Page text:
Joseph A. Gangi's answer Look at section 317A.205, which currently provides: "The qualifications and method of election or appointment of directors may be imposed by or in the manner provided in the articles or bylaws, provided that directors must be natural persons and a majority of the directors must be adults." It is always good to assess the "why" and consider alternatives, such as a youth advisory board, as being a director carries a number of important responsibilities and youth already have other legal...
Salim U. Shaikh's answer In short, resigning from job would amount to over-reaction. As you may react that fearlessly then the best is if you proffer to sue your employer on disclosure of your illness not meant to be divulged to your co-workers or relatives. However, it would be questionable whether your cousins would serve as a sound witness or backout when required?
Better you immediately consult a couple of Attorney(ies) having expertise in Employment matter for quick action.
Barbara Berschler's answer If a mark is designated as a "registered" mark, that means it is registered in the USA with the United States Patent & Trademark Office (USPTO) for goods (a "trademark") or for services (a "service mark"). Marks can take different forms, such as simply words; words using special layout, font or color; a design; a design with words, etc. For example, if you see Nike's swooch by itself, that design is a registered mark for the kinds of goods and services for which Nike registered it. Nike...
Lucas Wynne's answer Although you would be wading into a grey area, I would state that there are certainly ways for the original manufacturers to sue you in this scenario. I suggest becoming an authorized retailer/reseller rather than attempt to game the system. I would also add that becoming an authorized reseller would greatly increase your profit margin.
Peter Munsing's answer I'm unaware of any federal rule that says you, the creator has to do something. Many web services work off of templates. However you could have liability if you are viewed as enabling a business that is fraudulent. You may want to learn the business and reframe it to avoid issues.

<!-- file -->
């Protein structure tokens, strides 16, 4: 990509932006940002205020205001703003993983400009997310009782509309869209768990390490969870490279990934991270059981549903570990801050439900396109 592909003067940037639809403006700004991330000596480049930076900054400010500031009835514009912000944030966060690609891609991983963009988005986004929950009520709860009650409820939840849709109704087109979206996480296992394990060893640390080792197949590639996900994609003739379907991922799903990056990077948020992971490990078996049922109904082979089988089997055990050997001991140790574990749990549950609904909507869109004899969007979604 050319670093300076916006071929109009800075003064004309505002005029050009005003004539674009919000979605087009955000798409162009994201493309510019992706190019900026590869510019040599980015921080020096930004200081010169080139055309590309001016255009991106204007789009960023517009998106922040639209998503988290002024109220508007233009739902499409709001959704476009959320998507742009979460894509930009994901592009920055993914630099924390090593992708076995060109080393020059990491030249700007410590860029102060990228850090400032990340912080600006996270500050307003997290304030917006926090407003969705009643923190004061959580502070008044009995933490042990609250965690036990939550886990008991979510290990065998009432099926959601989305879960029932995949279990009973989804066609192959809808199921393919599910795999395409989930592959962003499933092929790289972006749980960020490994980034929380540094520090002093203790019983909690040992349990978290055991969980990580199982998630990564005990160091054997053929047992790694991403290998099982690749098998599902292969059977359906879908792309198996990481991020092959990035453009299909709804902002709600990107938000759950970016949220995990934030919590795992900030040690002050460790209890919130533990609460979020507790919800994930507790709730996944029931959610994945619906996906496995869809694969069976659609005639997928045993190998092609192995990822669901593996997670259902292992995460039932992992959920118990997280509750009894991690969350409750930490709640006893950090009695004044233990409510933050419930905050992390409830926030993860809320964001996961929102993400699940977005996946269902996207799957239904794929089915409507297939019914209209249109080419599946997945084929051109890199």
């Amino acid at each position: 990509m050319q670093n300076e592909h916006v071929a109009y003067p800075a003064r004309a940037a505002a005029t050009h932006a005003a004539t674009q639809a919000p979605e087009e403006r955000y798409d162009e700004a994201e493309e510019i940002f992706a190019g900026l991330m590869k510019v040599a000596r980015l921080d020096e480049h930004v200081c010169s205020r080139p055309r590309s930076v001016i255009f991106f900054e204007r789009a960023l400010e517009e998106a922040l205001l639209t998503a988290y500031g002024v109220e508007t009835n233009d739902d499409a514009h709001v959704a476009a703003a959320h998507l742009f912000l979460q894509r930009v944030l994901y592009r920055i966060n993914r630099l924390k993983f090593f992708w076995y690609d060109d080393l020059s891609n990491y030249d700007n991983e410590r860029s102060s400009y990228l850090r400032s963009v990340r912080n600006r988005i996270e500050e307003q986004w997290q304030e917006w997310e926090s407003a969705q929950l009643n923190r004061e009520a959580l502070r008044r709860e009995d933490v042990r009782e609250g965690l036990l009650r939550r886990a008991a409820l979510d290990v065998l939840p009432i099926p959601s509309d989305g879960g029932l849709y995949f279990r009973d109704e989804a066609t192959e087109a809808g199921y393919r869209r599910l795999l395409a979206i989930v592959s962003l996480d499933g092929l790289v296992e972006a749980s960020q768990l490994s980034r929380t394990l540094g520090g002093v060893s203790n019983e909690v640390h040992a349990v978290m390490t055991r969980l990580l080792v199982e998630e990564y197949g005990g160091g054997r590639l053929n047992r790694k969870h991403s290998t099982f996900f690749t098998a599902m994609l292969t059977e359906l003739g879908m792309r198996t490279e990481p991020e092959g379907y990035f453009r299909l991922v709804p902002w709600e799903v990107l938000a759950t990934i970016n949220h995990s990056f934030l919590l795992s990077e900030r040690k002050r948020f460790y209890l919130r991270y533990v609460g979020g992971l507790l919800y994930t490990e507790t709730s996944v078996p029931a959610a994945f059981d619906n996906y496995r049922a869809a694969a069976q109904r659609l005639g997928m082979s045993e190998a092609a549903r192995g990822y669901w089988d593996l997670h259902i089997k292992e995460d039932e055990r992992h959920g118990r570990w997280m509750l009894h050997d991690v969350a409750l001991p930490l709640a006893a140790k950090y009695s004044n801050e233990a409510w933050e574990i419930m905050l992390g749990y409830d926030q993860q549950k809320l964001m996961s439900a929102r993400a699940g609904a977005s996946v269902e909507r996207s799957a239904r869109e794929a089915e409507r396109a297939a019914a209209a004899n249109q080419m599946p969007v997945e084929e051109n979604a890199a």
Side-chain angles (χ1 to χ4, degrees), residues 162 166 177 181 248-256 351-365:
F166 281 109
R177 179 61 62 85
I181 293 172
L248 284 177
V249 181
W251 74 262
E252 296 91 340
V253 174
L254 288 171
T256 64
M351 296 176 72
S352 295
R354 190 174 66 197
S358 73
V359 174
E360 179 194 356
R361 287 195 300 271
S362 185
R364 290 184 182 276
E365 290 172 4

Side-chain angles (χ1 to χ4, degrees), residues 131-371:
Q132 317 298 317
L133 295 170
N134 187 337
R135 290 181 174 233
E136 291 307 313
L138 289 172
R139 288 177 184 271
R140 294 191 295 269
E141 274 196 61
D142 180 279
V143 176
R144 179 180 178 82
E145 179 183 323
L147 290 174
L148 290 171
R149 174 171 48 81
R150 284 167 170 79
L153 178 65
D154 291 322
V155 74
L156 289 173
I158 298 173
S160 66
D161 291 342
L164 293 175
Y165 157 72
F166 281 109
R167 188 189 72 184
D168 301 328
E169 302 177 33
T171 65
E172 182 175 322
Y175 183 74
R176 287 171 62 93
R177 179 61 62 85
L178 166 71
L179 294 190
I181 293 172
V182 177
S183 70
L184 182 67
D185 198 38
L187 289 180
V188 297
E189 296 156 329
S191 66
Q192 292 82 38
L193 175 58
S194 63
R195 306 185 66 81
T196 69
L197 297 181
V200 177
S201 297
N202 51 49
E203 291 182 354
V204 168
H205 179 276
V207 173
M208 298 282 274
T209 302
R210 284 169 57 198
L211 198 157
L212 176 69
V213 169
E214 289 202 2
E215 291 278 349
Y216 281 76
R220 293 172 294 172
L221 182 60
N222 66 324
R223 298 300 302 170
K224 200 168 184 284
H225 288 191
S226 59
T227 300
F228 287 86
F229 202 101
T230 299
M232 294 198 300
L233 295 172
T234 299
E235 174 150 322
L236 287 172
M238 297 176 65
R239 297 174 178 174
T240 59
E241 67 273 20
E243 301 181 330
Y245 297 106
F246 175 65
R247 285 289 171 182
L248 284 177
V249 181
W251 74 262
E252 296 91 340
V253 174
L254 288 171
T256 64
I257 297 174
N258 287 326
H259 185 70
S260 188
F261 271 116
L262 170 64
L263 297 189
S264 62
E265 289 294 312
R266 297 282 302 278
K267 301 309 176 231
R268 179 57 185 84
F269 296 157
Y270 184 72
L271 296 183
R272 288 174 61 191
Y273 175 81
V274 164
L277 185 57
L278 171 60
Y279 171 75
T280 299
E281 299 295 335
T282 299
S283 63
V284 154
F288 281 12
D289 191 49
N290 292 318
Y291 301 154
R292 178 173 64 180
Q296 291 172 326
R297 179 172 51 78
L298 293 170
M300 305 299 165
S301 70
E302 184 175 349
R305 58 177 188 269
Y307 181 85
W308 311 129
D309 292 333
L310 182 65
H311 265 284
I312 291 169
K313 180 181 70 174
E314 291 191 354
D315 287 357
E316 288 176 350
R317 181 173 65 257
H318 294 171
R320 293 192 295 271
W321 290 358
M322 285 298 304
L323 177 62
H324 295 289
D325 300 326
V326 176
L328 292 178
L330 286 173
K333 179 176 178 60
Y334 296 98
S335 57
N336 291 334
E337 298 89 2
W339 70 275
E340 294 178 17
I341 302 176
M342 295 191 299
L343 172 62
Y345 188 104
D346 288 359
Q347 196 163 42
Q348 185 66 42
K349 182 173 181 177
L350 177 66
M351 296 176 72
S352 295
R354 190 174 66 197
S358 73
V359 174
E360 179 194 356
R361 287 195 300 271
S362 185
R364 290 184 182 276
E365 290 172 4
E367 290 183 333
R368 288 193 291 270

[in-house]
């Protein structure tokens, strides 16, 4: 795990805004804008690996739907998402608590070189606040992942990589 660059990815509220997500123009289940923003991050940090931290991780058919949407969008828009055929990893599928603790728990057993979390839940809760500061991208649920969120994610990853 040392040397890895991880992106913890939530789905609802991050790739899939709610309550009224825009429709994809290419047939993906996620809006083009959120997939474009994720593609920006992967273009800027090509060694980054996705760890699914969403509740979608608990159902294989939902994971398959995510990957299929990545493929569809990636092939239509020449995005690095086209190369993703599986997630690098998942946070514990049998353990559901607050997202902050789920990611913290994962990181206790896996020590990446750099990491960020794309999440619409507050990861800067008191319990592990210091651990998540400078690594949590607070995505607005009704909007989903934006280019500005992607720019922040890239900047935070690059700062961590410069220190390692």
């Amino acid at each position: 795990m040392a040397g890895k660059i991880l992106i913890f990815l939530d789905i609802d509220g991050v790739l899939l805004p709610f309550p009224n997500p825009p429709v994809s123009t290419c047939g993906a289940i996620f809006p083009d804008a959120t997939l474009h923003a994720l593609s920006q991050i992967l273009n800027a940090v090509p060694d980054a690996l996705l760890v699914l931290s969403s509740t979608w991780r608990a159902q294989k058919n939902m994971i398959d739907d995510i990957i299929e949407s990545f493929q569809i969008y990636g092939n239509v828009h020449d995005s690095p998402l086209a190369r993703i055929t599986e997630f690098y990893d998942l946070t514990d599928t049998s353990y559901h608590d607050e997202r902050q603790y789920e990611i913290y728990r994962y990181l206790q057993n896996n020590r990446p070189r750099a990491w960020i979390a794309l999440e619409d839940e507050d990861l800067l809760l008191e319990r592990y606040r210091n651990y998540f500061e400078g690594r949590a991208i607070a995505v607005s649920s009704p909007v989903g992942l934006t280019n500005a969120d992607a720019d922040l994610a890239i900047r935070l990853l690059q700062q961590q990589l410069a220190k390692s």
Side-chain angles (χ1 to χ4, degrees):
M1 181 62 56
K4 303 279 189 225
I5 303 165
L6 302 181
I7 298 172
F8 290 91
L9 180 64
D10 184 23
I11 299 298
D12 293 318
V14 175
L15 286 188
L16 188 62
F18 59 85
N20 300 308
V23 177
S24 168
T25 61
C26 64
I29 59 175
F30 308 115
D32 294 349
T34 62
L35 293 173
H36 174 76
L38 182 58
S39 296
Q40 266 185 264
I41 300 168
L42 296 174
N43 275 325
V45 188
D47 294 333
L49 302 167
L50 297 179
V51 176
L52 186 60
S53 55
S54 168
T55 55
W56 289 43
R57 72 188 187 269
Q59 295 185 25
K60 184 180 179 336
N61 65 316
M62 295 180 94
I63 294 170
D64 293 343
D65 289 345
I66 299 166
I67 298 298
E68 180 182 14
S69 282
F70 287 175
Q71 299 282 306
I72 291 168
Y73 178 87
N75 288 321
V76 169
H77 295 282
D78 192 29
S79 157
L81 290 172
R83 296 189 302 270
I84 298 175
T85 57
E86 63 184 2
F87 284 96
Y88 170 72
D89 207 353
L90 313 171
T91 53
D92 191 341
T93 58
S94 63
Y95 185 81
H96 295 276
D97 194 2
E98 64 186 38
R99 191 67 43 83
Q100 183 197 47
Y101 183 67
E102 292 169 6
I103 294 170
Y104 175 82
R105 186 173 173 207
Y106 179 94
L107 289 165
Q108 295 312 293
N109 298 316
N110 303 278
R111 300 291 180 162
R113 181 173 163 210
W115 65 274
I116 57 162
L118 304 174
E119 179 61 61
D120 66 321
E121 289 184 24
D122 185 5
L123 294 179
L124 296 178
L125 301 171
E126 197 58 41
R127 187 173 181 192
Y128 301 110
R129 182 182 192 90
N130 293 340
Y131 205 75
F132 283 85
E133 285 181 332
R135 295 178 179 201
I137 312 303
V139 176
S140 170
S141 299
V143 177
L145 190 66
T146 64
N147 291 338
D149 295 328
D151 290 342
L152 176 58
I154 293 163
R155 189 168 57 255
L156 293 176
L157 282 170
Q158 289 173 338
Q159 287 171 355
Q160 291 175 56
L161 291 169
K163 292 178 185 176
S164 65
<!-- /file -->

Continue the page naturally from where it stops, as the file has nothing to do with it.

Lucas Wynne's answer Attorneys cannot solicit business on the internet under the ethical rules that all attorneys must follow. However, you can contact any attorney you would like to work with via telephone or email. I suggest you contact an attorney immediately for a free consultation and to investigate this case further.
Charles Snyderman's answer Depending on the amount that is owed to you, it may be appropriate to contact an attorney. You use the word "company." Was it a sole proprietorship? If it was, the owner would still owe you the money. If it was a corporation or an LLC, it is possible that the company is still in existence even though this particular location closed its doors. Also, there are times when the owners can be held personally liable for the debts of their company. Again, if the amount owed to you justifies the expense...
Robert Douglas Kane Jr's answer I apologize, but it is impossible to answer this question without further information. You state that the bank "insisted" that you sell, but "made" you sign a voluntary surrender. You should properly defend yourself, and probably file counter claims against the bank. Feel free to call me for a free consultation.
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